So, how can a church include kids with food allergies while also keeping them safe?

Educate staff on the serious nature of food allergies
It's difficult as an allergy parent to walk into a church and encounter staff who know nothing about food allergies. It means that I have to spend lots of time trying to explain food allergies and what they mean for my child. If everyone on the staff is aware of what food allergies are and the serious allergic reactions that can occur, it is easier to make sure my child is safe. All staff should be educated on the signs of an allergic reaction and the safety measures and medical protocol. 

Make sure all staff members know how to use an Epi pen or AuviQ
Many churches have training and background checks for volunteers and staff. These should also include a brief education on the treatment for an allergic reaction using an Epi pen or AuviQ. If all staff and volunteers know how to use the life saving devices, then the children's area is a much safer place for any child with allergies. Basic first aid should be part of the training to work with children in the church.

Have an allergy policy in place
The church should already have a policy in place for accommodating an allergic child.  This policy should include some type of notation in their computer system that alerts everyone of the allergies. There should be a way that the allergies are notated on the child's name tag or on the role sheet that the teacher's have every week. The staff should also have an emergency protocol for what to do if a child has an allergic reaction. A plan should be in place for the staff to know to administer meds, contact 911, alert a supervisor, and quickly locate the parents.

Serve a snack that is free of the top 8 allergens
The most common allergens are peanuts, treenuts, shellfish, fish, wheat, dairy, eggs, and soy. An easy to find food that is free of all of these allergens is Rice Chex, Cinnamon Chex, or Chocolate Chex. Other brands to consider are Kinnikinnick, Enjoy Life, and Glutino. Careful label reading will help you find snacks that don't contain these common allergens.  

Consider becoming food free
Some nurseries and children's programs are choosing to be food free for the 2 hours that children are in their care. These churches chose to focus on Bible lessons, play, music, and arts and craft time. They keep the kids busy with other pursuits and skip snack time altogether. This is a great alternative for kids who have food allergies and it eliminates the worry for parents of food allergic kids. In a society where every function revolves around food, this is one safe place where kids are able to learn without fear of coming in contact with an allergen.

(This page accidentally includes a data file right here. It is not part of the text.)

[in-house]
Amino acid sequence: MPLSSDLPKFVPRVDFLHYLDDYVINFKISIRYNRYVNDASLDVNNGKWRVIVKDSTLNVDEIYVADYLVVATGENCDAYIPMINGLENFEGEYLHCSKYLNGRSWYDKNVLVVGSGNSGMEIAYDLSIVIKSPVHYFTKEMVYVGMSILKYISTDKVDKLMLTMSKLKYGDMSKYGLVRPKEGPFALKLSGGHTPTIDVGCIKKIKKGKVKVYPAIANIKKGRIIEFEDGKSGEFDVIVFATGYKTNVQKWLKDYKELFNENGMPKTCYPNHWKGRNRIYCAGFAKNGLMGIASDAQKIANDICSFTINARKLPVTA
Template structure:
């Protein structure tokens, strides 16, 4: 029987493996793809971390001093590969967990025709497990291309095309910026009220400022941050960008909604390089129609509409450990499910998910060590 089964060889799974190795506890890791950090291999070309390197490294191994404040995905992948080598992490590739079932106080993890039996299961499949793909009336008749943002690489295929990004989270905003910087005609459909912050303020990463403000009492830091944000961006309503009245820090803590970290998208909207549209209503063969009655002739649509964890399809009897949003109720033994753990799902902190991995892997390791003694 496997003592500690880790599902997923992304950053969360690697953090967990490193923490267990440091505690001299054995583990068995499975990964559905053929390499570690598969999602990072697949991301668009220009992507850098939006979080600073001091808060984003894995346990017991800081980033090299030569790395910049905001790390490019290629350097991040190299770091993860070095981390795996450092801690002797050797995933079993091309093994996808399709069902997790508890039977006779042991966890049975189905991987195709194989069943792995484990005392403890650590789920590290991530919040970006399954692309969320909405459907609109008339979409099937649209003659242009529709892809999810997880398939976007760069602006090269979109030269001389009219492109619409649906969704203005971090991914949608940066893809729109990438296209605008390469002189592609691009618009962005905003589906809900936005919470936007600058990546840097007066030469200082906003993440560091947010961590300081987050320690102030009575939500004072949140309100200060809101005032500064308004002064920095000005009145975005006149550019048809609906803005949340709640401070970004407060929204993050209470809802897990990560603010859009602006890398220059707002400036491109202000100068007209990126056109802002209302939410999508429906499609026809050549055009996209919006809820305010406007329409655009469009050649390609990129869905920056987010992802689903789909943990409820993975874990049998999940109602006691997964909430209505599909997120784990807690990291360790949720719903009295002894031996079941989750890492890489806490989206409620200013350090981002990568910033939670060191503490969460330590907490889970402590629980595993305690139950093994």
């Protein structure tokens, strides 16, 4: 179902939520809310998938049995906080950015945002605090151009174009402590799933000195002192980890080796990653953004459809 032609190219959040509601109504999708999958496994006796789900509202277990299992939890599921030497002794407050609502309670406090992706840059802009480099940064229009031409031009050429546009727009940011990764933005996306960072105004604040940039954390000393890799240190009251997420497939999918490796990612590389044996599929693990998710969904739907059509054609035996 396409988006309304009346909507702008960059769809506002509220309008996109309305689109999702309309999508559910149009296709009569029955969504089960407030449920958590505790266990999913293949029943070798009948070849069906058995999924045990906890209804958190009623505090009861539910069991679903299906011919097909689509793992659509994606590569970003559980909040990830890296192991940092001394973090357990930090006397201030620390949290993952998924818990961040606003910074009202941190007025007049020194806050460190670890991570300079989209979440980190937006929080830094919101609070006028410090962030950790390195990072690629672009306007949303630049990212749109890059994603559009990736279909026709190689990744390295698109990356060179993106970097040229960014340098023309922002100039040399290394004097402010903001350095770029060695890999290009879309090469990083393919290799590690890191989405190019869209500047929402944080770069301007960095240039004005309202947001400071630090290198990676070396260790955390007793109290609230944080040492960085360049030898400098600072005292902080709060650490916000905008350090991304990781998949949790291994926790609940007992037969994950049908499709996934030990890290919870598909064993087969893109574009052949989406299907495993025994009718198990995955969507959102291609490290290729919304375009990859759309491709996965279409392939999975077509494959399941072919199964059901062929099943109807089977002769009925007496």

Be open to learning about the different allergy needs of each child
The allergy profile of every child is different. What is safe for one child may not be safe for another food allergic child. There are many types of allergies and the degree of allergy varies widely as well. The church must be flexible and open to discussing the allergy situation of each child and reevaluating their program as needed. Policies might need to be changed if a new child joins the program. If the entire staff recognizes the unique needs of each allergy family, they can adapt and train staff on the new changes.

The important thing to understand is that every food allergy family has different allergies and must take different precautions. If the church staff is open to learning the details of each situation and changing their policies accordingly, food allergy families will be able to participate and feel included in church functions. And we so appreciate being a part of our faith communities as much as possible despite our allergy limitations!

Thursday, September 11, 2014

{Allergy Free} Maple Cinnamon Bread


Maple Cinnamon Bread

2 1/4 cups flour blend
3/4 tsp xanthan gum
2 tsp baking powder
1/2 tsp baking soda
1 1/2 tsp cinnamon
1/2 tsp salt
1 cup pure maple syrup
1 cup rice milk whisked with 1 tsp lemon juice
3 tsp egg replacer whisked with 4 T rice milk
1 tsp vanilla
1/4 cup browned Earth Balance (melt Earth Balance over medium heat until it bubbles and then wait until it is clear, about 5 minutes)
1/8 cup cold Earth Balance
1 T cinnamon
2 T brown sugar

Icing
1 1/2 cup powdered sugar
2 T rice milk
1 tsp vanilla
1/4 tsp salt

Whisk together flour blend through salt in a large bowl.
In a separate bowl stir together the maple syrup through browned Earth Balance.
Combine the wet and dry ingredients just until combined.
In a separate small bowl cut the cold Earth Balance into the cinnamon and brown sugar.
Fold the cinnamon mixture into the batter.
Pour into small greased bread tins.
Bake at 350 for 25-27 minutes or until toothpick inserted into loaves comes out clean.
Let cool in pans for 15 minutes and then cool on wire racks.
To make the icing combine the ingredients and whisk well, adding more powdered sugar or rice milk as needed to achieve desired consistency.
Drizzle loaves with icing.

Makes 4 small loaves.




Linked up with Linda's Lunacy Making a Home Linky

Linked with Allergy Free Wednesdays!

Tuesday, September 9, 2014

Why Food Allergies and Church Don't Mix



I've found that the church is one of the most difficult places to navigate with our food allergic family. It's so frustrating to us. We want to be involved and be a part of our faith community. But our food allergies severely limit the number of activities and functions that we attend.